Widowhood: The Loss Couples Rarely Plan For—And Should


Staff report

No one is ever emotionally ready for the death of a spouse. But you can prepare financially for the decision-making, and possibly reduced income, you may someday face. As a continuation of its recent study “Women and Financial Wellness: Beyond the Bottom Line,” Merrill Lynch conducted research in partnership with Age Wave on widowhood. The study found that 78 percent of the 20 million US widows/widowers are women. That means that women are 3.5 times more likely to become widowed.

We sat down with Rachel Barzilay, CAP®, CFP®, CRPC®, Managing Director, Wealth Management Advisor and Senior Portfolio Manager with Merrill Lynch Wealth Management in Boca Raton, to discuss the study and its findings.

Why was this study conducted?

Longevity needs to be a factor in everyone’s financial planning, but far more so for women, who, on average, live five years longer than men. By age 85, women outnumber men two to one and the majority (81 percent) of centenarians are women.

This means that women are more likely to be alone and financially self-reliant in their later years, perhaps having already spent some of their nest egg on a partner’s health or end of-life care costs.

To better understand this profoundly difficult—but for most couples inevitable—life event, Merrill Lynch partnered with Age Wave, a thought leader in the study of aging, to conduct research on widowhood and how this loss can affect the surviving spouse’s life and finances.

What would you say is the key take-away from this study?

Among the key findings: Men and women who prepare for losing a spouse fare much better in terms of stress and grieving, but a full 53 percent of current widows and widowers say they had no plan in place for what to do if one of them died.

The financial burdens that come with the loss of a partner are immense and immediate. According to the Merrill Lynch/Age Wave research, 60 percent of men and women who lose their spouses are immediately burdened by financial expenses, including housing costs such as mortgages or rent. The fact that 50 percent of those who lose a spouse also face a 50 percent reduction in income only compounds the problem.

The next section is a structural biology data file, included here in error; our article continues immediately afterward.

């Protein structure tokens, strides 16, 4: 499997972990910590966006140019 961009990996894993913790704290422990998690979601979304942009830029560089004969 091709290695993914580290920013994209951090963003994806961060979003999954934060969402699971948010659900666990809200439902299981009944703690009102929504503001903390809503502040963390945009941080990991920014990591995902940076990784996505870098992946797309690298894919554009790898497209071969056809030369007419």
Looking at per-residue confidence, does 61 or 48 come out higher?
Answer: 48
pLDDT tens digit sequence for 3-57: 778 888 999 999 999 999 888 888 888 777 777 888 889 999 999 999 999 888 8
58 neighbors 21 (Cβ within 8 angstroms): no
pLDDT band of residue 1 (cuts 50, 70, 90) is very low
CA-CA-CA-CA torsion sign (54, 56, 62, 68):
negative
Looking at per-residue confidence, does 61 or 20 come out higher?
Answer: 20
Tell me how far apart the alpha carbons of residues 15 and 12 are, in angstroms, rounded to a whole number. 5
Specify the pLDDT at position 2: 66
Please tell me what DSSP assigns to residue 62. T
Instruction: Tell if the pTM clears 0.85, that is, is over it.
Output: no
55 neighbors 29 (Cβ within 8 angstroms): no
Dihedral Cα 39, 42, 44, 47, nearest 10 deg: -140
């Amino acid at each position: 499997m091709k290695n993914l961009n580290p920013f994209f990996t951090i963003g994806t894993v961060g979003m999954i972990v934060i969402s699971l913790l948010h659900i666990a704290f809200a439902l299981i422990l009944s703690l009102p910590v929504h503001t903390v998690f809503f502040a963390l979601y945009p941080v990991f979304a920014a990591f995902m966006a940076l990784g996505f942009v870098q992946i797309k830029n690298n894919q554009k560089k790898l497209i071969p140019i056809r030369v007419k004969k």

In addition to the financial demands, critical paperwork and decision-making begin their steady creep right away. Most widows and widowers—78 percent—describe the loss of their spouse as the single most difficult and overwhelming life experience. And two-thirds say that they had so many things to do, they were not sure where to even start.

That’s when help from a knowledgeable professional can be invaluable.

What are some tips for someone who needs to move forward alone?

Don’t be afraid to ask for help. The right team can be invaluable as you deal with the financial and legal challenges of becoming the sole financial decision maker. Having a trusted financial advisor, attorney and tax professional in your corner can make a big difference as you move on alone.

Reassess your retirement needs. Reviewing your retirement needs can help you make any necessary adjustments. Work with a financial advisor to come up with a plan so you can move ahead with confidence.

Gather and file all necessary paperwork. Obtain several copies of the death certificate. You’ll need them to share with financial institutions and when filing for survivor’s Social Security and life insurance. Be sure you have any other relevant documents as well, including birth and marriage certificates, wills, trusts and tax returns.

Gaining financial confidence can help sustain you through a difficult time. Amid all the pain and difficulty that losing a spouse brings, there is also healing. The Merrill Lynch/Age Wave research found that 77 percent of the widows and widowers they interviewed said they discovered courage they never knew they had.